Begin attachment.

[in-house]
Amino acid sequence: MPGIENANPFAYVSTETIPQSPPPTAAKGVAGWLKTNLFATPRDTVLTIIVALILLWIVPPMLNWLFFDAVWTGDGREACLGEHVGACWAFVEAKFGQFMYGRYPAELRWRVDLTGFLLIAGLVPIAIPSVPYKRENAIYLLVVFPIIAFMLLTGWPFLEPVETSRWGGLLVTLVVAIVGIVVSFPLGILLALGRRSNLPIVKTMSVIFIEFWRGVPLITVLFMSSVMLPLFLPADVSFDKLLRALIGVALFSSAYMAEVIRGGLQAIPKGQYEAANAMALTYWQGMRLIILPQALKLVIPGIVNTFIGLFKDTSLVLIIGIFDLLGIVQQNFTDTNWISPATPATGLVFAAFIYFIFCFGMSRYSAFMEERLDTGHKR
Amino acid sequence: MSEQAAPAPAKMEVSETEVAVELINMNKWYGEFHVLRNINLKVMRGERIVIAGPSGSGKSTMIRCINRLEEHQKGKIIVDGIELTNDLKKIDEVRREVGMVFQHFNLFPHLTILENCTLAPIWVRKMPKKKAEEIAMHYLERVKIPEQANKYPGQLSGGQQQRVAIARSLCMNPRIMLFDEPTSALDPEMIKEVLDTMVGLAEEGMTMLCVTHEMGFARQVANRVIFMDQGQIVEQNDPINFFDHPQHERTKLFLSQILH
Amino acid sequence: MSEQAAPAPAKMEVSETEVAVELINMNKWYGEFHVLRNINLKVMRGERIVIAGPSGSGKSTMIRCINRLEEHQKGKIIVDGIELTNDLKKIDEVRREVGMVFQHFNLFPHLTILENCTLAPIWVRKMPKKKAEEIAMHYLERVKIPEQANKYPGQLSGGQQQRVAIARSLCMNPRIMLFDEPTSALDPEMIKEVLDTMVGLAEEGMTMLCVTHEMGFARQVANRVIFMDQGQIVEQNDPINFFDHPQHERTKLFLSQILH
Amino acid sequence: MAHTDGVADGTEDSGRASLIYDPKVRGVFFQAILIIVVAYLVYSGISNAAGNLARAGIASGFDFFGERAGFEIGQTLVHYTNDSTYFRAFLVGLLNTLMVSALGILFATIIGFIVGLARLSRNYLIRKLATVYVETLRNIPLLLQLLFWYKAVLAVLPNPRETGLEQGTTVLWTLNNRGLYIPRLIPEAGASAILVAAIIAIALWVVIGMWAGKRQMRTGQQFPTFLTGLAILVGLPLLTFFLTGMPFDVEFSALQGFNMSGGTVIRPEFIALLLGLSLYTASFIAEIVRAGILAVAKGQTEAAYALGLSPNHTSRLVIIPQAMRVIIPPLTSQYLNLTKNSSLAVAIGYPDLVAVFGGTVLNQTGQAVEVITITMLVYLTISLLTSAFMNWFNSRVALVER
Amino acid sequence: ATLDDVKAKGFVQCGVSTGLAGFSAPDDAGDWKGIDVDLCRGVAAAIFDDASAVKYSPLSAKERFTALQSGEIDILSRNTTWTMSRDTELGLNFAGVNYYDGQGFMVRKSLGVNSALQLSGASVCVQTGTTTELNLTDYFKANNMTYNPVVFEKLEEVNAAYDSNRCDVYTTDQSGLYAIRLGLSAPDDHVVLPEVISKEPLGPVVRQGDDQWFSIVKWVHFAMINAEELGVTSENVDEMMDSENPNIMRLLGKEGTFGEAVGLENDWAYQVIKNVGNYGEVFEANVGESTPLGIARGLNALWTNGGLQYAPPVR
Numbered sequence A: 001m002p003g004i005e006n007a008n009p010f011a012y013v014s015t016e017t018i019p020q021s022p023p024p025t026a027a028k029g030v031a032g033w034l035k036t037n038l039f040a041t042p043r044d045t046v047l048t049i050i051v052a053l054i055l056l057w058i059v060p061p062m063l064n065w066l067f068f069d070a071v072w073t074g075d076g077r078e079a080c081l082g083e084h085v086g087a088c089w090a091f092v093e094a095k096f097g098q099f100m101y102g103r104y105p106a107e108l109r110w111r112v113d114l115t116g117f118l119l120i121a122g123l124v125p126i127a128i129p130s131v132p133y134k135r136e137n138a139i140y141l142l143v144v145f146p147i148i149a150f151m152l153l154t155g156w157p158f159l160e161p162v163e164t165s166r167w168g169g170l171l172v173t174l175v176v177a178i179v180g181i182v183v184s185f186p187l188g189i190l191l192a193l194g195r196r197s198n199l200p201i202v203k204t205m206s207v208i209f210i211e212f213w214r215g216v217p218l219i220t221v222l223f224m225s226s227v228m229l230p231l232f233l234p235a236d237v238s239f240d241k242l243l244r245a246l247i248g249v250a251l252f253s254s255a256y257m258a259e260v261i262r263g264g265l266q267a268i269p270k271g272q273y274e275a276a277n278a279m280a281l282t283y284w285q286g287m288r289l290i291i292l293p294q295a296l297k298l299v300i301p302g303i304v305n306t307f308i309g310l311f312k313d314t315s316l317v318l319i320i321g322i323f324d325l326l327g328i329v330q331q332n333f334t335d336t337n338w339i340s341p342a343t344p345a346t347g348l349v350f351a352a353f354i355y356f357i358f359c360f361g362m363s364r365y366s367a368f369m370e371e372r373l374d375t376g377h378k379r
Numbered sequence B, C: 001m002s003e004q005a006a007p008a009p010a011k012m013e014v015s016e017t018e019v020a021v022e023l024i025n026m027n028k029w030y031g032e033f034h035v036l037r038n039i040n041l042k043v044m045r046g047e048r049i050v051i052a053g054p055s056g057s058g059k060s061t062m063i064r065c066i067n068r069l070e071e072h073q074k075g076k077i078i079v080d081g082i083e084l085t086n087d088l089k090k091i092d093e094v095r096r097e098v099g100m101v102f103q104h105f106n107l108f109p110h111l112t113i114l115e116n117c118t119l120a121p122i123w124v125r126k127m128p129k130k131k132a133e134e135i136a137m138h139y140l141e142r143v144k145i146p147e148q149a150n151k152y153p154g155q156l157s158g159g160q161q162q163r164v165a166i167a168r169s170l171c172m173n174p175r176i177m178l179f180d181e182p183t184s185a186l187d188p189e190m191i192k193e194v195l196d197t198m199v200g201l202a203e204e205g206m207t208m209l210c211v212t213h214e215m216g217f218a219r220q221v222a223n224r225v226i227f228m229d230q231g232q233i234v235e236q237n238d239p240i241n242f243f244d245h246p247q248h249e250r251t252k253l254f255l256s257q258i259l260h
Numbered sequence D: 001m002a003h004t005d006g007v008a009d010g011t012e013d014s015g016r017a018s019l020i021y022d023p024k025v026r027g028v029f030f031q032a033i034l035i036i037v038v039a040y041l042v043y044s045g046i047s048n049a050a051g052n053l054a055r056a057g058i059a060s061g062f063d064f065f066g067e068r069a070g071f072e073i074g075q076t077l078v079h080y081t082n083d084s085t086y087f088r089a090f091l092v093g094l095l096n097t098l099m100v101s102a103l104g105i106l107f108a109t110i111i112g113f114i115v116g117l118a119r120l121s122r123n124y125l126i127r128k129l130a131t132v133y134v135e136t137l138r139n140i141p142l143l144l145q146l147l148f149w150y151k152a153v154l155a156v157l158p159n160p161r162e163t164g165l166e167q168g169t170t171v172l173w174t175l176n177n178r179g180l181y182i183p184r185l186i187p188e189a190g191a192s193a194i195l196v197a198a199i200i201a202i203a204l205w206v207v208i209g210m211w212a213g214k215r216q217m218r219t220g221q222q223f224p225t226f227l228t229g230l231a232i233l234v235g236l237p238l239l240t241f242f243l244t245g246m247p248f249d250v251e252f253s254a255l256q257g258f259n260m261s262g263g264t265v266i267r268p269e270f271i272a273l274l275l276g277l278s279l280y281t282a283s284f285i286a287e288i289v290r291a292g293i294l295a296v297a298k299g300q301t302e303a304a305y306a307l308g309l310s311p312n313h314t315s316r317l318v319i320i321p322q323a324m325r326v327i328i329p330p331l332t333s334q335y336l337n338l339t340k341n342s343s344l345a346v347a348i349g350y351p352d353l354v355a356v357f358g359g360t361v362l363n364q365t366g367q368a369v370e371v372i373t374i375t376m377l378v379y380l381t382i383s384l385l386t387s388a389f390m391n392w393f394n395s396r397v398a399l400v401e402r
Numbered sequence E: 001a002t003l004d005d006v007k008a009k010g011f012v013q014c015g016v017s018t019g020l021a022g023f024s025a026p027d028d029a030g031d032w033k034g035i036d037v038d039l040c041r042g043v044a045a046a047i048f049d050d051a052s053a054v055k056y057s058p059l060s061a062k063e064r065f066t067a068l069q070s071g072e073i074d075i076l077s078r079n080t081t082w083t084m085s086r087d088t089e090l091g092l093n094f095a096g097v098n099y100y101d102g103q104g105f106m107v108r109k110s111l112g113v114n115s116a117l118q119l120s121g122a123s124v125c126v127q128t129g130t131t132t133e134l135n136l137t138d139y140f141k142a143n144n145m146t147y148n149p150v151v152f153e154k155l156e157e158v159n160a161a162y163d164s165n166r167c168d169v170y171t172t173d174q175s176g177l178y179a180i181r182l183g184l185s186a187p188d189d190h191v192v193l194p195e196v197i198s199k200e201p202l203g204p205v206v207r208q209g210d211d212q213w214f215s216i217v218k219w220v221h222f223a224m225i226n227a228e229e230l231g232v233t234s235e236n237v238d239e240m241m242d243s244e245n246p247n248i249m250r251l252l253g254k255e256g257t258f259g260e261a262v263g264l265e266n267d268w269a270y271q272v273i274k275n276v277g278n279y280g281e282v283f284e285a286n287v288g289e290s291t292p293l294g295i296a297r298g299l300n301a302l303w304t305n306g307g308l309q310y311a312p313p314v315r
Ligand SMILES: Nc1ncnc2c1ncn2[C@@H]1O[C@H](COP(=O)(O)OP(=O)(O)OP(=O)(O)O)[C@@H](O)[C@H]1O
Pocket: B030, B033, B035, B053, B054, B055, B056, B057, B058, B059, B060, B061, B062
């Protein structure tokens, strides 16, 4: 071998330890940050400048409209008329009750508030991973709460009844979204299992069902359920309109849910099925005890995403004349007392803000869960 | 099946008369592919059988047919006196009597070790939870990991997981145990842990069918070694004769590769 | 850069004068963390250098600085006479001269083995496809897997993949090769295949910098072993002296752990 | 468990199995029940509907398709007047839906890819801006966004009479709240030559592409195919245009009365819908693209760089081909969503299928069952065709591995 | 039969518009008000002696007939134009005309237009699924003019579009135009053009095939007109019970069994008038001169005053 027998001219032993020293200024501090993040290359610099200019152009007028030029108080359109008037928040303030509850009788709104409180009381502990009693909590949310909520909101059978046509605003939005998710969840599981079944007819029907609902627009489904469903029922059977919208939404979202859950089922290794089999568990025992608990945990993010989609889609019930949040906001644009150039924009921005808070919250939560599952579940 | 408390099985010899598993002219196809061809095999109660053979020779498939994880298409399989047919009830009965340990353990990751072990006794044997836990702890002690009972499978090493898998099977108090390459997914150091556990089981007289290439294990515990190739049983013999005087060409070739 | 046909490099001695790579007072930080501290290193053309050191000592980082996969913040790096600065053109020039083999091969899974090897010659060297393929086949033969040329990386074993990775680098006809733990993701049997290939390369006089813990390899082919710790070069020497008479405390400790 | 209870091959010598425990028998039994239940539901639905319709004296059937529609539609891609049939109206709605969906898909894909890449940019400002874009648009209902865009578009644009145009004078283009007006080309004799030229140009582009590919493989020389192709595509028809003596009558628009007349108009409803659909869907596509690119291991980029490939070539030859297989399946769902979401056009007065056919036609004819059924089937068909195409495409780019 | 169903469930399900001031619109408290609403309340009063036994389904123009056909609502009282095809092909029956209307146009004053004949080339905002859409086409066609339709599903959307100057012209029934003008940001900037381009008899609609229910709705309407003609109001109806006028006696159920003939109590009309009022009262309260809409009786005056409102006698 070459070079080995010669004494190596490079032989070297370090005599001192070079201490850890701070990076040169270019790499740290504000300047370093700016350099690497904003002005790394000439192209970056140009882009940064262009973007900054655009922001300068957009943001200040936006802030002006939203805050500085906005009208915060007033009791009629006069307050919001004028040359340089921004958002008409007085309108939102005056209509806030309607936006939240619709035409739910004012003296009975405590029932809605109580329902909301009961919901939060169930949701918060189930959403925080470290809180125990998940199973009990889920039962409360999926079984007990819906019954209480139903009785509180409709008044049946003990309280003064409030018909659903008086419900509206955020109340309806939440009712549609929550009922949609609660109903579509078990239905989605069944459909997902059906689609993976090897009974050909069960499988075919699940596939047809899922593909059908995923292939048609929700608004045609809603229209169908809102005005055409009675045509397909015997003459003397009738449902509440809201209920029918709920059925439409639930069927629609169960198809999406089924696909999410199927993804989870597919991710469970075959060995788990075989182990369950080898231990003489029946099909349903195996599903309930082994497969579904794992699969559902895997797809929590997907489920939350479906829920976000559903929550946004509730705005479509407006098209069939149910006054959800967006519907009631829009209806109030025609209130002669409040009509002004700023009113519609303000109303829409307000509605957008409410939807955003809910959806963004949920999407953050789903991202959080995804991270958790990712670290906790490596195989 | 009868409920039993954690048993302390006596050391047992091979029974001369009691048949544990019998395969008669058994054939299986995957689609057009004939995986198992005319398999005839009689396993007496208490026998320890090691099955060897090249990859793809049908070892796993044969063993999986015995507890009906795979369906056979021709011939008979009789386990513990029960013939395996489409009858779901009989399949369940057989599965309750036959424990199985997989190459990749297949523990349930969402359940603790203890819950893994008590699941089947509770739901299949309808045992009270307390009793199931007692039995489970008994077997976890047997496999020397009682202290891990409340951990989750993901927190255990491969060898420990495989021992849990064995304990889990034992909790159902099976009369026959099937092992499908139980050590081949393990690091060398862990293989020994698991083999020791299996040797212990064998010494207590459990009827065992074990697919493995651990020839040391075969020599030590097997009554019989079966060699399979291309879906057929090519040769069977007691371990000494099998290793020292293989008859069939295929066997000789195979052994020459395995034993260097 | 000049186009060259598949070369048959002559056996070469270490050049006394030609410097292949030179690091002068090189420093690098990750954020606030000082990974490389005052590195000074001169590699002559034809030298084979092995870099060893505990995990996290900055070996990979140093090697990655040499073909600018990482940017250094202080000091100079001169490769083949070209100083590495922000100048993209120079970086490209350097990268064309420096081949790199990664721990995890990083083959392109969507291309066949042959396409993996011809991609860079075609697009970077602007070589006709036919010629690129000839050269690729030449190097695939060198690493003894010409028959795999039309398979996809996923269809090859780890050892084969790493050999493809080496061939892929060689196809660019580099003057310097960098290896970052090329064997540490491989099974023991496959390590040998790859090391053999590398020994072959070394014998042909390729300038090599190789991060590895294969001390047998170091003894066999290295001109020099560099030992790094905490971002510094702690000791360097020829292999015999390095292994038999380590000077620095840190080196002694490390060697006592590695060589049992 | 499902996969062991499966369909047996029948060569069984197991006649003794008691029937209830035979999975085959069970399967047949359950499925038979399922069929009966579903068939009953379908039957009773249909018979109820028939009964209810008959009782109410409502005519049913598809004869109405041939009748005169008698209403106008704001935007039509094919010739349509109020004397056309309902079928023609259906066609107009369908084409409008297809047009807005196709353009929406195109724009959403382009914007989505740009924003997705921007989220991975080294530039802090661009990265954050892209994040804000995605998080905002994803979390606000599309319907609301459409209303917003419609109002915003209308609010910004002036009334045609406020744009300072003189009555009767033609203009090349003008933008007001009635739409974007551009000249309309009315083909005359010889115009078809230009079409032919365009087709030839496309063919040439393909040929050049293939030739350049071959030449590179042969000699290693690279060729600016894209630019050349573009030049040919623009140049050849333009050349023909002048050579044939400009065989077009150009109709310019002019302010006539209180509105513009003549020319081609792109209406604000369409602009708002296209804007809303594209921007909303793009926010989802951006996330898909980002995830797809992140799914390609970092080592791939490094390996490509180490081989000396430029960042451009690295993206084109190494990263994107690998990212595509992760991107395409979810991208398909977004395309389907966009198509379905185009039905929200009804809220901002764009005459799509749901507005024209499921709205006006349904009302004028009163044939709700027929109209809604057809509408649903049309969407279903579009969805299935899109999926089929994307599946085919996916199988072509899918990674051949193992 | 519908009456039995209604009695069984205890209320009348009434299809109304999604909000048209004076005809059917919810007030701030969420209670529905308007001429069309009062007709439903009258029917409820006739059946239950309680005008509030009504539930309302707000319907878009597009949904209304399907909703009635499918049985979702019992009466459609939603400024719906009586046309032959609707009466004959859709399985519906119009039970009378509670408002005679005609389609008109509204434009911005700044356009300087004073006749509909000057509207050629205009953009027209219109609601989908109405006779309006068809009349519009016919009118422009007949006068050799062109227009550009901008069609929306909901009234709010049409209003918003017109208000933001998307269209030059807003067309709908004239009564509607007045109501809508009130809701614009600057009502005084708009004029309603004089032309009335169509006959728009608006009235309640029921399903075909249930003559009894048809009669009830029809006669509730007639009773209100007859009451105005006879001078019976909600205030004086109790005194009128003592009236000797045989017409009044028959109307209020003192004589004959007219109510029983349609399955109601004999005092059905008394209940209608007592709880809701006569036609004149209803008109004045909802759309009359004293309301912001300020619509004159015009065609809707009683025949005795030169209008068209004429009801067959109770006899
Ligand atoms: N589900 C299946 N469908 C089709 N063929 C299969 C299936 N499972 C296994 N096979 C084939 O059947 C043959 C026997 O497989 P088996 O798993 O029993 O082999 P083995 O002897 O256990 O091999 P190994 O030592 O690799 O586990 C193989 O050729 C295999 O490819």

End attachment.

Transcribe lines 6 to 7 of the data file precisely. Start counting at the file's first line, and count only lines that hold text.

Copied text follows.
Amino acid sequence: ATLDDVKAKGFVQCGVSTGLAGFSAPDDAGDWKGIDVDLCRGVAAAIFDDASAVKYSPLSAKERFTALQSGEIDILSRNTTWTMSRDTELGLNFAGVNYYDGQGFMVRKSLGVNSALQLSGASVCVQTGTTTELNLTDYFKANNMTYNPVVFEKLEEVNAAYDSNRCDVYTTDQSGLYAIRLGLSAPDDHVVLPEVISKEPLGPVVRQGDDQWFSIVKWVHFAMINAEELGVTSENVDEMMDSENPNIMRLLGKEGTFGEAVGLENDWAYQVIKNVGNYGEVFEANVGESTPLGIARGLNALWTNGGLQYAPPVR
Numbered sequence A: 001m002p003g004i005e006n007a008n009p010f011a012y013v014s015t016e017t018i019p020q021s022p023p024p025t026a027a028k029g030v031a032g033w034l035k036t037n038l039f040a041t042p043r044d045t046v047l048t049i050i051v052a053l054i055l056l057w058i059v060p061p062m063l064n065w066l067f068f069d070a071v072w073t074g075d076g077r078e079a080c081l082g083e084h085v086g087a088c089w090a091f092v093e094a095k096f097g098q099f100m101y102g103r104y105p106a107e108l109r110w111r112v113d114l115t116g117f118l119l120i121a122g123l124v125p126i127a128i129p130s131v132p133y134k135r136e137n138a139i140y141l142l143v144v145f146p147i148i149a150f151m152l153l154t155g156w157p158f159l160e161p162v163e164t165s166r167w168g169g170l171l172v173t174l175v176v177a178i179v180g181i182v183v184s185f186p187l188g189i190l191l192a193l194g195r196r197s198n199l200p201i202v203k204t205m206s207v208i209f210i211e212f213w214r215g216v217p218l219i220t221v222l223f224m225s226s227v228m229l230p231l232f233l234p235a236d237v238s239f240d241k242l243l244r245a246l247i248g249v250a251l252f253s254s255a256y257m258a259e260v261i262r263g264g265l266q267a268i269p270k271g272q273y274e275a276a277n278a279m280a281l282t283y284w285q286g287m288r289l290i291i292l293p294q295a296l297k298l299v300i301p302g303i304v305n306t307f308i309g310l311f312k313d314t315s316l317v318l319i320i321g322i323f324d325l326l327g328i329v330q331q332n333f334t335d336t337n338w339i340s341p342a343t344p345a346t347g348l349v350f351a352a353f354i355y356f357i358f359c360f361g362m363s364r365y366s367a368f369m370e371e372r373l374d375t376g377h378k379r